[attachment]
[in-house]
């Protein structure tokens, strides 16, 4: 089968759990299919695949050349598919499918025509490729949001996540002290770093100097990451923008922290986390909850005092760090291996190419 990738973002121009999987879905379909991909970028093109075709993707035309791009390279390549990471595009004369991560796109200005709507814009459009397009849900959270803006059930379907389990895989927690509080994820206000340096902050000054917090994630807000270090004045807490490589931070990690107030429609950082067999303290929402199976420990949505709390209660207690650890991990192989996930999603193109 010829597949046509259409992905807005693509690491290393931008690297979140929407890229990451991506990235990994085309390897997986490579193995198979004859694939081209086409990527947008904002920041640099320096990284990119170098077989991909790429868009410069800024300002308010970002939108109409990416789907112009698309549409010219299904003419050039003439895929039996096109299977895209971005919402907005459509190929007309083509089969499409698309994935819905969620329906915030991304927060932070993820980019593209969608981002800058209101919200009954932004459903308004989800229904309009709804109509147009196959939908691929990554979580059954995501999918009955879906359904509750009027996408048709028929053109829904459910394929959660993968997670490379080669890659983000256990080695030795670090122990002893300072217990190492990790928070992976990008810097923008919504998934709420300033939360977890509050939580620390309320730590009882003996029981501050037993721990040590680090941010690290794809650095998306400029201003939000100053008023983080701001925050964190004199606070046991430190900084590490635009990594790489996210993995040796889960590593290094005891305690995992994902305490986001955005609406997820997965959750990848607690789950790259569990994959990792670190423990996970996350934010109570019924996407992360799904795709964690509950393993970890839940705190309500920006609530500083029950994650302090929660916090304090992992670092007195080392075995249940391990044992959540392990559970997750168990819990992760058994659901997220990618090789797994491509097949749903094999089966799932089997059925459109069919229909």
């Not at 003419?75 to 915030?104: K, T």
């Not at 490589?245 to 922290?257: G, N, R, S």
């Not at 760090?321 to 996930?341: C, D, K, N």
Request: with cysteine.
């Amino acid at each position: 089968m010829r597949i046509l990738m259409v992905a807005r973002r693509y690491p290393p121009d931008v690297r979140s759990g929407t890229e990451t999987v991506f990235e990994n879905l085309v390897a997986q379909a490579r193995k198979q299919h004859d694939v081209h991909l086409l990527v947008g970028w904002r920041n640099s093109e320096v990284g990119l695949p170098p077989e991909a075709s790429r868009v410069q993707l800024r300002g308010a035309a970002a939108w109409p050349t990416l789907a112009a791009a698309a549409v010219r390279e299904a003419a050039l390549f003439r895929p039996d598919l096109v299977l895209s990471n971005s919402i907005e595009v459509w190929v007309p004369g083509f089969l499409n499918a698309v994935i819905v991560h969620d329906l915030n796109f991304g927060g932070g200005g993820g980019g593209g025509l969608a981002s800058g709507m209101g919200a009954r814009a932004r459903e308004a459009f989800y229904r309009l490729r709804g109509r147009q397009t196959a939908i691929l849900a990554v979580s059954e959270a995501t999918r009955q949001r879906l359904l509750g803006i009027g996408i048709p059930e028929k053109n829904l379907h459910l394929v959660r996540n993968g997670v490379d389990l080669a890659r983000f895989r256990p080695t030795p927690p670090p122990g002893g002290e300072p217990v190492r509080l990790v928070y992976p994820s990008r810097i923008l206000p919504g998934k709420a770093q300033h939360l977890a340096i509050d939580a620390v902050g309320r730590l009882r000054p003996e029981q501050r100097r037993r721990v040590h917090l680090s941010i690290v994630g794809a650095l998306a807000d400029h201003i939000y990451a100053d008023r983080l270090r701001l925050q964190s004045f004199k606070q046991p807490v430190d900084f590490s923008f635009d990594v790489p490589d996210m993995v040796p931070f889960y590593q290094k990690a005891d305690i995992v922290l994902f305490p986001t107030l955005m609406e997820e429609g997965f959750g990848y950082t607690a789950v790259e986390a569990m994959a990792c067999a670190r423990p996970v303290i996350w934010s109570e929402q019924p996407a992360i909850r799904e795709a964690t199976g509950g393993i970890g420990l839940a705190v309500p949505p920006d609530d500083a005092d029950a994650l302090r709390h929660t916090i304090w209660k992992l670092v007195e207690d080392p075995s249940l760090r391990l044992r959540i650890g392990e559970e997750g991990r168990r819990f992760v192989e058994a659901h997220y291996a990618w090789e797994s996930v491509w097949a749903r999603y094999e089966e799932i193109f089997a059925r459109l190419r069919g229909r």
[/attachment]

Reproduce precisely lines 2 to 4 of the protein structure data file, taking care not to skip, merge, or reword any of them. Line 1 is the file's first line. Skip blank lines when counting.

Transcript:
């Protein structure tokens, strides 16, 4: 089968759990299919695949050349598919499918025509490729949001996540002290770093100097990451923008922290986390909850005092760090291996190419 990738973002121009999987879905379909991909970028093109075709993707035309791009390279390549990471595009004369991560796109200005709507814009459009397009849900959270803006059930379907389990895989927690509080994820206000340096902050000054917090994630807000270090004045807490490589931070990690107030429609950082067999303290929402199976420990949505709390209660207690650890991990192989996930999603193109 010829597949046509259409992905807005693509690491290393931008690297979140929407890229990451991506990235990994085309390897997986490579193995198979004859694939081209086409990527947008904002920041640099320096990284990119170098077989991909790429868009410069800024300002308010970002939108109409990416789907112009698309549409010219299904003419050039003439895929039996096109299977895209971005919402907005459509190929007309083509089969499409698309994935819905969620329906915030991304927060932070993820980019593209969608981002800058209101919200009954932004459903308004989800229904309009709804109509147009196959939908691929990554979580059954995501999918009955879906359904509750009027996408048709028929053109829904459910394929959660993968997670490379080669890659983000256990080695030795670090122990002893300072217990190492990790928070992976990008810097923008919504998934709420300033939360977890509050939580620390309320730590009882003996029981501050037993721990040590680090941010690290794809650095998306400029201003939000100053008023983080701001925050964190004199606070046991430190900084590490635009990594790489996210993995040796889960590593290094005891305690995992994902305490986001955005609406997820997965959750990848607690789950790259569990994959990792670190423990996970996350934010109570019924996407992360799904795709964690509950393993970890839940705190309500920006609530500083029950994650302090929660916090304090992992670092007195080392075995249940391990044992959540392990559970997750168990819990992760058994659901997220990618090789797994491509097949749903094999089966799932089997059925459109069919229909």
């Not at 003419?75 to 915030?104: K, T």
């Not at 490589?245 to 922290?257: G, N, R, S």